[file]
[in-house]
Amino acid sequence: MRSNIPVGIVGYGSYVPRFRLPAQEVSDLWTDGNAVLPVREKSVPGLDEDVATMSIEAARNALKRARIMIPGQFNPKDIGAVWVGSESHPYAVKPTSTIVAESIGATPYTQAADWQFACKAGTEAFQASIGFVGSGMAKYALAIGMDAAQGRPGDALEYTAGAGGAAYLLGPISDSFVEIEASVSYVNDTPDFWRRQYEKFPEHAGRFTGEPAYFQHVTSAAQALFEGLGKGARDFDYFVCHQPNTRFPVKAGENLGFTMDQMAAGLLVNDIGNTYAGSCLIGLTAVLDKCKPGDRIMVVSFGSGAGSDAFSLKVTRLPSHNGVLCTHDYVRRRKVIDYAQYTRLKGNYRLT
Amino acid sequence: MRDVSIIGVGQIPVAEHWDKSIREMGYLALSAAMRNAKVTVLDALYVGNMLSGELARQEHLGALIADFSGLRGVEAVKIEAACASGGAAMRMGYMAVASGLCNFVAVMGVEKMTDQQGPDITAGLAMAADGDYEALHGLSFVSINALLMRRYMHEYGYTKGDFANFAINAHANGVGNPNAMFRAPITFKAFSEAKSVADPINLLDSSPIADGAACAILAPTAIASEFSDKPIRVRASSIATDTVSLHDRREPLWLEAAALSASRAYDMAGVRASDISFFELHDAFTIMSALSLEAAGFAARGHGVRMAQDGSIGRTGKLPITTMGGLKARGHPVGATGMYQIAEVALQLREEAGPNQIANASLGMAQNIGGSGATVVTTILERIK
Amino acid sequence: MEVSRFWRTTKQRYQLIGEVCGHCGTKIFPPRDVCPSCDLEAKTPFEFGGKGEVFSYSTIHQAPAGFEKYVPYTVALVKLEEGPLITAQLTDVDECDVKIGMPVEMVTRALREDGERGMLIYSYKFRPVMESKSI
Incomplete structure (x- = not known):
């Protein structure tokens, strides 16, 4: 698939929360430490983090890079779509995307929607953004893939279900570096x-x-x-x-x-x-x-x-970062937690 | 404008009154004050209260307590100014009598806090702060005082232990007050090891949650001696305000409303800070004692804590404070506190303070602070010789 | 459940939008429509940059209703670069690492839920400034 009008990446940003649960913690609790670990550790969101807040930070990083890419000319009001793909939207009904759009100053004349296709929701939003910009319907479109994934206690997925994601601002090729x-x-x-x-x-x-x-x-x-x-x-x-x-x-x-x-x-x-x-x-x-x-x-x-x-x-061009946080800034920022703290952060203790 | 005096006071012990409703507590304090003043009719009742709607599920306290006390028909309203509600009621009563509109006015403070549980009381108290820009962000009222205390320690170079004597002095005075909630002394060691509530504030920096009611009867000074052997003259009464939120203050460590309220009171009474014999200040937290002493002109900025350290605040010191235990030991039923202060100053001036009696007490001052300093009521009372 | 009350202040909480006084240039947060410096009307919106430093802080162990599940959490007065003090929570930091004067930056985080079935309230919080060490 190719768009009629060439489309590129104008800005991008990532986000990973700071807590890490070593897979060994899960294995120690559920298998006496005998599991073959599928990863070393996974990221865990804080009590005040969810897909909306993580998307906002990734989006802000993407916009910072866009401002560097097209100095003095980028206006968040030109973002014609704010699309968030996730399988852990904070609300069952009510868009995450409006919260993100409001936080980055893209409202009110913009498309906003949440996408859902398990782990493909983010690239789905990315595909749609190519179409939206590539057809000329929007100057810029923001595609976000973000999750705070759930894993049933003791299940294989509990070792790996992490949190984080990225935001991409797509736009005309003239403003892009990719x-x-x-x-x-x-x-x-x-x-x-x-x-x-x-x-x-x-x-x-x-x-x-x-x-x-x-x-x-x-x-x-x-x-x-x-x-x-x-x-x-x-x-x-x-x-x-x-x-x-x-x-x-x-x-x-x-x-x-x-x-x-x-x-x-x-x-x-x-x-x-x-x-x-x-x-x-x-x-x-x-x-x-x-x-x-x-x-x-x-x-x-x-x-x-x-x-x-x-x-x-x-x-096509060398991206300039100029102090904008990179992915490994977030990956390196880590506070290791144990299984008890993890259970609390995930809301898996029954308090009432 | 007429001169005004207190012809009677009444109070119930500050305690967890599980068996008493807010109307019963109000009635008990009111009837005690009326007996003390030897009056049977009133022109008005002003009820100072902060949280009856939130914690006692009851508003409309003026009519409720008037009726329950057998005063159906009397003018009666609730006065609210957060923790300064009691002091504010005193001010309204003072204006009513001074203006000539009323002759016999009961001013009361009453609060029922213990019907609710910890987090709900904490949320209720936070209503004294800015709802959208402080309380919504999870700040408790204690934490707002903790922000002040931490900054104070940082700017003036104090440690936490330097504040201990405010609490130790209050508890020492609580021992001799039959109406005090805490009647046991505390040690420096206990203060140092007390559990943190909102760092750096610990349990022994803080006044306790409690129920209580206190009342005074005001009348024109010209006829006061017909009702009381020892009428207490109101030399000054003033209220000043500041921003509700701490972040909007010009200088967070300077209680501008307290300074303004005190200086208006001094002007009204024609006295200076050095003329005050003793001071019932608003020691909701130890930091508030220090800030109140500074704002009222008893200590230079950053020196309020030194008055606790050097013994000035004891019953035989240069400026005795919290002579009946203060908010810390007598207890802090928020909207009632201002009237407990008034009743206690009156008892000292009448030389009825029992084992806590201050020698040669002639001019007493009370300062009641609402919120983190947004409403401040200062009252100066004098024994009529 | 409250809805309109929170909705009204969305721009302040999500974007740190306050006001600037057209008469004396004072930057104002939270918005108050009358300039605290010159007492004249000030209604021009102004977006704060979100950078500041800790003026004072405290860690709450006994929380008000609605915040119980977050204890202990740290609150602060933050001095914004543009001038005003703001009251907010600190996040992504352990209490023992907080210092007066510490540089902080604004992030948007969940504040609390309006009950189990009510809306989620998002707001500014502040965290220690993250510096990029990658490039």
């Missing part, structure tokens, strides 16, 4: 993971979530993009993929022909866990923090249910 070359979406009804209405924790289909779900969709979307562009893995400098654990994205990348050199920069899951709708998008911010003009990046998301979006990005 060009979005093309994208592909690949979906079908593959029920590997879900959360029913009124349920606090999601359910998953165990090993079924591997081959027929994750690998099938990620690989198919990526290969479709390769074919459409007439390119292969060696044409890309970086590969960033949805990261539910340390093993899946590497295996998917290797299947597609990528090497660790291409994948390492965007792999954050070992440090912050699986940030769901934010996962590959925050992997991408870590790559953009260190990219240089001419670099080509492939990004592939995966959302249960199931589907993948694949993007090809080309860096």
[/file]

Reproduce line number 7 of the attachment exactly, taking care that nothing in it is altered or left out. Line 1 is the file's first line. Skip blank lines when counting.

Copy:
């Missing part, structure tokens, strides 16, 4: 993971979530993009993929022909866990923090249910 070359979406009804209405924790289909779900969709979307562009893995400098654990994205990348050199920069899951709708998008911010003009990046998301979006990005 060009979005093309994208592909690949979906079908593959029920590997879900959360029913009124349920606090999601359910998953165990090993079924591997081959027929994750690998099938990620690989198919990526290969479709390769074919459409007439390119292969060696044409890309970086590969960033949805990261539910340390093993899946590497295996998917290797299947597609990528090497660790291409994948390492965007792999954050070992440090912050699986940030769901934010996962590959925050992997991408870590790559953009260190990219240089001419670099080509492939990004592939995966959302249960199931589907993948694949993007090809080309860096």